These characteristics are important to consider when looking for a pet. There are certainly a high number of variables to account for and there are always exceptions to generalizations like those mentioned above. Noisiness, physical activity, size and temperament are still good concepts to take into account though. They’re a solid foundation to think about if you’re looking for a dog and you don’t know where to start.
The following is by no means a definitive list of dog breeds for apartment dwellers and there are a ton of breeds we haven’t included that fit into this category. This guide highlights just some of the breeds that are better suited to a more mellow lifestyle. This selection can provide a good jumping off point for anyone looking for a canine companion who'd adapt well to city living.
With a nickname like the “American Gentleman,” Boston Terriers are one of the prime examples of what to look for in a breed that slides right into urban life. They are compact but sturdy so you don’t have to worry about them getting ruffed up by the bustling pace of a city. Boston Terriers are upbeat and full of zest and personality. They are one of the more active breeds on this list so they do benefit from nice, long walks but they are still small enough to get their exercise in with a bit of indoor tug-of-war.
Full disclosure, we’re utterly biased on this breed. One of our office dogs here is Penny the English Bulldog. She is one of the sweetest pups around. Penny exemplifies why English Bulldogs are so perfect for a laid back lifestyle. Generally one of the more easygoing breeds, English Bulldogs love pretty much everyone they meet and are content to snooze and snuggle all day long. Penny’s the princess of pillows, a professional of puppy eyes, and a master of making everyone’s day a bit brighter, even if the clouds are covering the sky.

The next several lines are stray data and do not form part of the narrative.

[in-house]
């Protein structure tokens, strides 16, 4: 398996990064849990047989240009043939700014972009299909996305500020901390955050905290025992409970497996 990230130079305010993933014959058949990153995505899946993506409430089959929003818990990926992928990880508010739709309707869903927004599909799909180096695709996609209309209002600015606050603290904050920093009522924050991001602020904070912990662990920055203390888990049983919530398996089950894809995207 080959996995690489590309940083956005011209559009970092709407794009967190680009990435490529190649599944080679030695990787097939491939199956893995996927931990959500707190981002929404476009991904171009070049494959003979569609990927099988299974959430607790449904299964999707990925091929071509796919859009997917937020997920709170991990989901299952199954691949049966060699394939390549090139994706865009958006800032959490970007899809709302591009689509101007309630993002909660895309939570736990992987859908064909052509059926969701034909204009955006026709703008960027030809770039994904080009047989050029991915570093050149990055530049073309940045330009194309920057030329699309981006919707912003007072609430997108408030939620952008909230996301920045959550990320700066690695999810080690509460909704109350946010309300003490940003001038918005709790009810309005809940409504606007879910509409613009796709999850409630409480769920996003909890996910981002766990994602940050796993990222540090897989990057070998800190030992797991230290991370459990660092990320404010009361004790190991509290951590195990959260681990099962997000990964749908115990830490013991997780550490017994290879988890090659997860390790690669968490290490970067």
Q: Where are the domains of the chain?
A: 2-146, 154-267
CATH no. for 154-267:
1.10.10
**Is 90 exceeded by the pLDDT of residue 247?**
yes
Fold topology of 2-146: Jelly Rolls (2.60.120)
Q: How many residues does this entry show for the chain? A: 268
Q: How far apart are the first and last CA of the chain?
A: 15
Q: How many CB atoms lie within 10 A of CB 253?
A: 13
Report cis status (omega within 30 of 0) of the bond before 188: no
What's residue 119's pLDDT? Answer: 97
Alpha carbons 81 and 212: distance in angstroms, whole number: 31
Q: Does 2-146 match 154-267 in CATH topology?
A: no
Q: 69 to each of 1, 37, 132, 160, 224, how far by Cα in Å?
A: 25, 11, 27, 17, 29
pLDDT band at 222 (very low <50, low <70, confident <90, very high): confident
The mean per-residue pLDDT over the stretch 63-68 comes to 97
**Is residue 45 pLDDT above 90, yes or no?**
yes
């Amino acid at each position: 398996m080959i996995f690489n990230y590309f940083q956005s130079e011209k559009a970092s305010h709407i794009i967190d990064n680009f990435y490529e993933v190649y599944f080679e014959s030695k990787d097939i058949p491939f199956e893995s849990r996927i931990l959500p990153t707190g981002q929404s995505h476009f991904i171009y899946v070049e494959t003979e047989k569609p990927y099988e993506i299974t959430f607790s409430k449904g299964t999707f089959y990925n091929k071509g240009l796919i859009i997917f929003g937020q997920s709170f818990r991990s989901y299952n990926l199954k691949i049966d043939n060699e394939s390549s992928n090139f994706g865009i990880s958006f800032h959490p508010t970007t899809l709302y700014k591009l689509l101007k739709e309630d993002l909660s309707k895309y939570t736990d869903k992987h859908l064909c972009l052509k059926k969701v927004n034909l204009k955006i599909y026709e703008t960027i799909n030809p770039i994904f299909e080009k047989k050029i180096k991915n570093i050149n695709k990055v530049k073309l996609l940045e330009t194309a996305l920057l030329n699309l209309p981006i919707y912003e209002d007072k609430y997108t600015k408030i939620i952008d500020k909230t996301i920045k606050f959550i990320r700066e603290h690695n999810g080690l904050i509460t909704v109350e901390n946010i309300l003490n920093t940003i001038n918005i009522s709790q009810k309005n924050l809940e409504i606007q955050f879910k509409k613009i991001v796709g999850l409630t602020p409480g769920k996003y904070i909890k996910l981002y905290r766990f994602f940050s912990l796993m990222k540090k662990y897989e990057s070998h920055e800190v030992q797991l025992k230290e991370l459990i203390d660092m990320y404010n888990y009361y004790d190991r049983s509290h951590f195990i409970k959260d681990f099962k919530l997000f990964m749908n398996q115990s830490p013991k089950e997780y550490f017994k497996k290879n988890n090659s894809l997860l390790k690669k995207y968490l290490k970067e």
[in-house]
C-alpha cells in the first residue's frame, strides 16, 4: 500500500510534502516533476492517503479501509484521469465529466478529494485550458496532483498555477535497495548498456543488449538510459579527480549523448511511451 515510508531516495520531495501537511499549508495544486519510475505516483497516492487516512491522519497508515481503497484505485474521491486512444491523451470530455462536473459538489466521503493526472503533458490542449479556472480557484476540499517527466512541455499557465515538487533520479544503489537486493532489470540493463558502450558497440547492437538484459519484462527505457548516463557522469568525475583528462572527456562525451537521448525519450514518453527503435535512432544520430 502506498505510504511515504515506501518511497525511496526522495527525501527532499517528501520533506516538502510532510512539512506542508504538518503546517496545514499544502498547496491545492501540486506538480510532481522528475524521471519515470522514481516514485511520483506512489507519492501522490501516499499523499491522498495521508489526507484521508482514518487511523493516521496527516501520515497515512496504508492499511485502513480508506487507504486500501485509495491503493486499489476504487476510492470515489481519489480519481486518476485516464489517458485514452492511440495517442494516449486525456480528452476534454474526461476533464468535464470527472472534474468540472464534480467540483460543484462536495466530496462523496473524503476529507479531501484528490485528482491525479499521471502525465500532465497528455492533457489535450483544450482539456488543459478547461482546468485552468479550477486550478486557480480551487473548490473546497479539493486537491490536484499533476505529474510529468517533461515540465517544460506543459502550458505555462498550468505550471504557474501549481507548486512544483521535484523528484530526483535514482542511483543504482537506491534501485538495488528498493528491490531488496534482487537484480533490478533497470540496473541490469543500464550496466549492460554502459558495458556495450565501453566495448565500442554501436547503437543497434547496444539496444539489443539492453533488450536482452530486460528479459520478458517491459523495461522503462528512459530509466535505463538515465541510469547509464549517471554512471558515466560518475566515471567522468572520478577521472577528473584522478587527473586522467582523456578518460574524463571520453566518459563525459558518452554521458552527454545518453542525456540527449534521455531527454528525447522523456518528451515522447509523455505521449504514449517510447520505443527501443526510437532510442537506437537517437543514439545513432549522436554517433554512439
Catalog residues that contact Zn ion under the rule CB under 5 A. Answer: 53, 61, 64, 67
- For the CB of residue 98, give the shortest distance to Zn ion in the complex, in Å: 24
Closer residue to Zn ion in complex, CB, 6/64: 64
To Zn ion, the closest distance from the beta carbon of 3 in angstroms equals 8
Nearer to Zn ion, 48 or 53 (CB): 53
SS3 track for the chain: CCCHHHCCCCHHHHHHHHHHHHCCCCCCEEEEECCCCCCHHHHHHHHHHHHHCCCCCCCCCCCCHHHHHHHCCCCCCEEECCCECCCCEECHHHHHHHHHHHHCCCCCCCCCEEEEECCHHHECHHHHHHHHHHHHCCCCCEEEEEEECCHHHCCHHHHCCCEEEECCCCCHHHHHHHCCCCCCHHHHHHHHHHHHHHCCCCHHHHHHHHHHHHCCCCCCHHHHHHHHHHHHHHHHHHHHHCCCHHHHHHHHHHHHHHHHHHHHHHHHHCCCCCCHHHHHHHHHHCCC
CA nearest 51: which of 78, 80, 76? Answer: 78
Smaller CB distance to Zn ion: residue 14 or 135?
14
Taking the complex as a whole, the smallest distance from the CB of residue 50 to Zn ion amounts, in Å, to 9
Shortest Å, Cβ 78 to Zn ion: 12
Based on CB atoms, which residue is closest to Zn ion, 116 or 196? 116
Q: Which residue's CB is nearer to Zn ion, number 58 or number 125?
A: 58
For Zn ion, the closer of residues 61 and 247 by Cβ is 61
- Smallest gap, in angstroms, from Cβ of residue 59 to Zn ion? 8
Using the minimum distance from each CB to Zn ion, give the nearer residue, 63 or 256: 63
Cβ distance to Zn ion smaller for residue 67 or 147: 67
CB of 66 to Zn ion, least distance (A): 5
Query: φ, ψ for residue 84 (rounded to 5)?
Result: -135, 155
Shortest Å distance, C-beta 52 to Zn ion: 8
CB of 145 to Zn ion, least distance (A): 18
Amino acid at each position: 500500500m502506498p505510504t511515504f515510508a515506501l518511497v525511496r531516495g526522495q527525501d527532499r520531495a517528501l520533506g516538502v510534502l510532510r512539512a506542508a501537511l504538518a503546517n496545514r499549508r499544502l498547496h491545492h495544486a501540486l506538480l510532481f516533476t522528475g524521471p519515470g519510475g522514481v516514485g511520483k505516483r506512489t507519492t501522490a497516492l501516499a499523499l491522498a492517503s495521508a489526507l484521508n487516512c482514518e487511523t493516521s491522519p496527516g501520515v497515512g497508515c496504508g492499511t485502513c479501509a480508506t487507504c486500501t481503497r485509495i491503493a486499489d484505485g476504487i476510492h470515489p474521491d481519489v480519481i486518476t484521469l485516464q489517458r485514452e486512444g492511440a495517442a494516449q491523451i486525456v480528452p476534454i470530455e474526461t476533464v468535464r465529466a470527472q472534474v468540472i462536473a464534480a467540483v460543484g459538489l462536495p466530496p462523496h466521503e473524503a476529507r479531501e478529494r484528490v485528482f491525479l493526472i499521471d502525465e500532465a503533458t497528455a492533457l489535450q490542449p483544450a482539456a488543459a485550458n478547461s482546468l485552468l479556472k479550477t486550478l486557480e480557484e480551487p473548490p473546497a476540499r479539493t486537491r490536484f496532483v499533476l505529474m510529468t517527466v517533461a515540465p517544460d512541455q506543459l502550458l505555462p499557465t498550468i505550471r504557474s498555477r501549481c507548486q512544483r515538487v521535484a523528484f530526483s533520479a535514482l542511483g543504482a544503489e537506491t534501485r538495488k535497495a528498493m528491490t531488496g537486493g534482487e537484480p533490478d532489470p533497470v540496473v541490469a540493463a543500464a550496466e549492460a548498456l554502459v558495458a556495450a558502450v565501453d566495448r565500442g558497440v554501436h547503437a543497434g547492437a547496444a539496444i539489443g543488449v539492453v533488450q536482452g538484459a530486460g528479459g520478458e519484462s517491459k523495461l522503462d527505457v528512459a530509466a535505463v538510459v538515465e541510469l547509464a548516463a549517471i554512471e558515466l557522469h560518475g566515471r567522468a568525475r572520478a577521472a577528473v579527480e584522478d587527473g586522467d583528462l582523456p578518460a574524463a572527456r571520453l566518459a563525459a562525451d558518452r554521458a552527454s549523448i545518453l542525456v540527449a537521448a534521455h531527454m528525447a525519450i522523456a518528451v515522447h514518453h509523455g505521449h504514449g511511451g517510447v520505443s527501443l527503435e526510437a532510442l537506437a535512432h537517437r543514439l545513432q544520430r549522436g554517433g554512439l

These smiley pups are sweet, gentle companions. They adapt well to their owner’s lifestyle and have a good amount of natural athleticism but are also happy to hangout at home. They’re quite compact so they can always use the couch as jungle gym to get any excess energy out but they’re still super enjoyable to bring to the park. One thing to keep in mind is that they’re quite social and require a good amount of attention and affection, which is pretty easy to give these devastatingly cute pups. Just look at those eyes!
A proper purse-pup, these little handfuls have a penchant for being one of the more perfect pets for apartment dwellers. Chihuahuas are small in size but have big personalities. While they are wonderfully expressive, they are also on the fragile side. They don’t do well in cold weather, and they don’t enjoy roughhousing. Chihuahuas prefer to spend quality time with their people, snuggled up with a book and a bone.